Online Marketing New Year Resolution - page optimisation - Part 2

Online Marketing New Year Resolution - page optimisation - Part 2
Online Marketing New Year Resolution - page optimisation - Part 2

Following on from Website optimisation, the next step is to consider each of the pages on your website – page optimisation.  If you have a large website you may prefer to select those pages that are not performing well in order to improve traffic to those pages.  However you decide to tackle the issue, the tips here are consistent for every page and are broken into some starting basics of what to do and what to fix (not to do). Step 2: Page Optimisation By page optimisation, we are now thinking about each individual page.  So let’s focus on what to do first and start with content, Title and Meta Description. Content – The content needs to be “unique”.  This not only goes for blogs or information pages but also for product descriptions.  If you take your product descriptions from your suppliers more than likely thousands of other websites are doing the same.  For example, let’s say you sell HP laptops and you get your short description of the HP laptops from HP.  The problem is that thousands of websites are also likely doing this and therefore you will unlikely rank your product pages high in organic listings.  To fix this focus on best sellers and write unique product descriptions for those products.  Assuming the description is insightful, unique and provides content that customers find useful you should end up with a higher organic listing for a product vs the same product sold by others.   Of course, there are lots of other factors that go into an organic ranking of pages but starting with a unique description of products is a great start. Meta descriptions and titles. Here is how the title tag and meta description are used by Google in an organic search for “omologist”.  Also below is the title and meta description from our home page.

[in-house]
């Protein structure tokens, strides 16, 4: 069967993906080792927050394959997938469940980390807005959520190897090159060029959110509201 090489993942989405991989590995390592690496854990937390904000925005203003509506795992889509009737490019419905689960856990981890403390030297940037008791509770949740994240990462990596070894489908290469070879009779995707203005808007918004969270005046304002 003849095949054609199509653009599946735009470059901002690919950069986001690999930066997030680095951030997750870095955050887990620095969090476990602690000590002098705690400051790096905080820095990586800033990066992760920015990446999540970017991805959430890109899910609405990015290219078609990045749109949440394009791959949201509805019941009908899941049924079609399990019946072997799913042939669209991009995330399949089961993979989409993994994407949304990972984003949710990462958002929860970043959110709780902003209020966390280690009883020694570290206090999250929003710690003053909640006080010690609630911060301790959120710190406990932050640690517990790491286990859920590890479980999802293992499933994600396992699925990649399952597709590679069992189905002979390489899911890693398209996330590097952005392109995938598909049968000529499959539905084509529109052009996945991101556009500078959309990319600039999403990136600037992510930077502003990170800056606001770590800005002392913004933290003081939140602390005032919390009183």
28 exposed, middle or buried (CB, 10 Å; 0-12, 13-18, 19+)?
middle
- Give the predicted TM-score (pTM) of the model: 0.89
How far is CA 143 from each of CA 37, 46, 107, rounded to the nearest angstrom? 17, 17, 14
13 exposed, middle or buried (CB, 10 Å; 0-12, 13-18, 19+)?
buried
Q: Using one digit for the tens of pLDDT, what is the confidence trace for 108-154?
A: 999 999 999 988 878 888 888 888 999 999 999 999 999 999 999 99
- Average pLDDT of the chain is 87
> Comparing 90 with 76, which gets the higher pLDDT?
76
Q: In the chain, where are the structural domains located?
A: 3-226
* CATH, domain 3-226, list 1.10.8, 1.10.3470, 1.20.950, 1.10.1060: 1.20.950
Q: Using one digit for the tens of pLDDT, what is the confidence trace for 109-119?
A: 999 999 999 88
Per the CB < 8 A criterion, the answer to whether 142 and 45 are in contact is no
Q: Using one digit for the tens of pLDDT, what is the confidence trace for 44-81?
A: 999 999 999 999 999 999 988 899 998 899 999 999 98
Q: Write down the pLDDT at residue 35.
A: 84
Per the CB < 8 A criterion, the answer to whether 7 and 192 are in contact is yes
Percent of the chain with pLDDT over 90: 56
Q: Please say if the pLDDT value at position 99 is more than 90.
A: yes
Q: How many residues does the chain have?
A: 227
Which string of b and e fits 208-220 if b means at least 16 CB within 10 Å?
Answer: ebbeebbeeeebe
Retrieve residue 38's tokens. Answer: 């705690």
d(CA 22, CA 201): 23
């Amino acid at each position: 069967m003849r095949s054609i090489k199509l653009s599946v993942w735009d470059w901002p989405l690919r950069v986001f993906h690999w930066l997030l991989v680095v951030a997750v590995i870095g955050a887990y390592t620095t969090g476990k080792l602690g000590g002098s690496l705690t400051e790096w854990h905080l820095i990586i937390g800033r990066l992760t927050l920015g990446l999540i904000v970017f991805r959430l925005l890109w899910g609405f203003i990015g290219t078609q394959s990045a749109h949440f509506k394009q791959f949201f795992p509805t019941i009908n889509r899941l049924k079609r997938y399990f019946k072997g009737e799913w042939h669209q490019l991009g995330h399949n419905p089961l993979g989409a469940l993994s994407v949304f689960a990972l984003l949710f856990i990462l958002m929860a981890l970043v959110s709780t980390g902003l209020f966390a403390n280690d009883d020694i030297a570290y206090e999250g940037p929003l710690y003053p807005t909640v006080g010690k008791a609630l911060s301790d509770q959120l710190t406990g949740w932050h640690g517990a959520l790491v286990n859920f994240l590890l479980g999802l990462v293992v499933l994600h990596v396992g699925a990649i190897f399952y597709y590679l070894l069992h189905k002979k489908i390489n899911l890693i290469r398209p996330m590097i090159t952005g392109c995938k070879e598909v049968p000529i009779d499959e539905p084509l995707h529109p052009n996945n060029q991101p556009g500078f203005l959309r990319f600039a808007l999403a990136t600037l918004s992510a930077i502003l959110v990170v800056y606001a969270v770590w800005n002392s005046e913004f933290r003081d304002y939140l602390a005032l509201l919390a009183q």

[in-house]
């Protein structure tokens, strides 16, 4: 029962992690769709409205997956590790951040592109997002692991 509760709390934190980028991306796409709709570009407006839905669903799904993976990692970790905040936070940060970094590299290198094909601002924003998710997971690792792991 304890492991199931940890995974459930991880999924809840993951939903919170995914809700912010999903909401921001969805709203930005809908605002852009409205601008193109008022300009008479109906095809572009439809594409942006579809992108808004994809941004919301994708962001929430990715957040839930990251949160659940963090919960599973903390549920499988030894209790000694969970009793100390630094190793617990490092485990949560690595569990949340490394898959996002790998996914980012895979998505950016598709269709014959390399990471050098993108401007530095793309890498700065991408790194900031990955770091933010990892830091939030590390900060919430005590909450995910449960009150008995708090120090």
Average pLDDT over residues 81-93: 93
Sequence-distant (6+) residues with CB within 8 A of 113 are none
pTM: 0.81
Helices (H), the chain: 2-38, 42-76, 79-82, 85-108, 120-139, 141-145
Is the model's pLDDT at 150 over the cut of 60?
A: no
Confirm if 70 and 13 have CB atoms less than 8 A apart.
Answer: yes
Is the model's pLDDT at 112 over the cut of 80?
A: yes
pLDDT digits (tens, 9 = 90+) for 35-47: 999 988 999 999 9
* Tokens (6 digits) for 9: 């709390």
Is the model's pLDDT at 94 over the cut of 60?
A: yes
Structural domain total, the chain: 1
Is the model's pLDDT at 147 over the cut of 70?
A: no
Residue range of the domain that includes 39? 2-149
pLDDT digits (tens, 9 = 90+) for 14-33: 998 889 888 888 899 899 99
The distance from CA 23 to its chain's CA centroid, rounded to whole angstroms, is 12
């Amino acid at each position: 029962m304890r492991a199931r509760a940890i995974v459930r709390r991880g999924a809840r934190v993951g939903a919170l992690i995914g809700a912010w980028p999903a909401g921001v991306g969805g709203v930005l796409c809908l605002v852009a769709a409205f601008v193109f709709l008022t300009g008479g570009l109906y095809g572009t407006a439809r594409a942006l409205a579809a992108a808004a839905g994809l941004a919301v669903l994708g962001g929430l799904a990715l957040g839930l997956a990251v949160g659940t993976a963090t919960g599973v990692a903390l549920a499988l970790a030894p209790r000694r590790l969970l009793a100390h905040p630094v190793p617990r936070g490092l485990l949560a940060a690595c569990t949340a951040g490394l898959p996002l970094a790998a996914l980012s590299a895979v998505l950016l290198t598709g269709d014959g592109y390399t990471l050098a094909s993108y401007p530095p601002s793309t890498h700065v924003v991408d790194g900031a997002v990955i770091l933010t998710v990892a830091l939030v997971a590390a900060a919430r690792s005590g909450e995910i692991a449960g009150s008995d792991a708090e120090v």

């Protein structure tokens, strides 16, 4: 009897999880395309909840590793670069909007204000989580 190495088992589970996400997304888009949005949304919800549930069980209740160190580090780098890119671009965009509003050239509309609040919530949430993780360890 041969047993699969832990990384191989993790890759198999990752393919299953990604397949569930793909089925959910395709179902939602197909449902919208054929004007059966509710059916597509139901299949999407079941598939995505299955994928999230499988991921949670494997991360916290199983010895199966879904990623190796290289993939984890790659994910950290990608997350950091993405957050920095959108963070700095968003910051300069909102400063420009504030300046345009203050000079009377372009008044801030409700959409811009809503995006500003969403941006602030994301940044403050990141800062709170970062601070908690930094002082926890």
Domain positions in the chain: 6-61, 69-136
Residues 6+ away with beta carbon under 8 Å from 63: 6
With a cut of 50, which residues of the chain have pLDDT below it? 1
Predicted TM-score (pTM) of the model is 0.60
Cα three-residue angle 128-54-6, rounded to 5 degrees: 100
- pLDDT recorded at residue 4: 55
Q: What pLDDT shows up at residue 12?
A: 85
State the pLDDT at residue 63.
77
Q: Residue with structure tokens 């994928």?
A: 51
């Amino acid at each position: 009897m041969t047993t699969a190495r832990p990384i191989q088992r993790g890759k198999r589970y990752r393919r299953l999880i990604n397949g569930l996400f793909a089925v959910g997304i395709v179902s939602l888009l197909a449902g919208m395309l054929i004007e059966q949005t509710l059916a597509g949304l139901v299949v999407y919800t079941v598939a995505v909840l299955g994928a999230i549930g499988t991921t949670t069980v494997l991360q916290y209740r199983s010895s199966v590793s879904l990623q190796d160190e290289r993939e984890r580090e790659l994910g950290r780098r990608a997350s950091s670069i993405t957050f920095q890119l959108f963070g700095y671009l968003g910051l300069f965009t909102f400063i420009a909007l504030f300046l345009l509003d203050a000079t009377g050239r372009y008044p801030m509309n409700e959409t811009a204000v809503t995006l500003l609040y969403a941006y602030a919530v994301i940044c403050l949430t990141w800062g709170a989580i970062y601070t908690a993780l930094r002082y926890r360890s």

Page Optimisation - Example of use of Title and Meta description on the Omologist home page
Page Optimisation – Example of use of Title and Meta description on the Omologist home page

 

Page Optimisation - Example of search results for "Omologist" showing Googles use of title and meta description
Page Optimisation – Example of search results for “Omologist” showing Googles use of title and meta description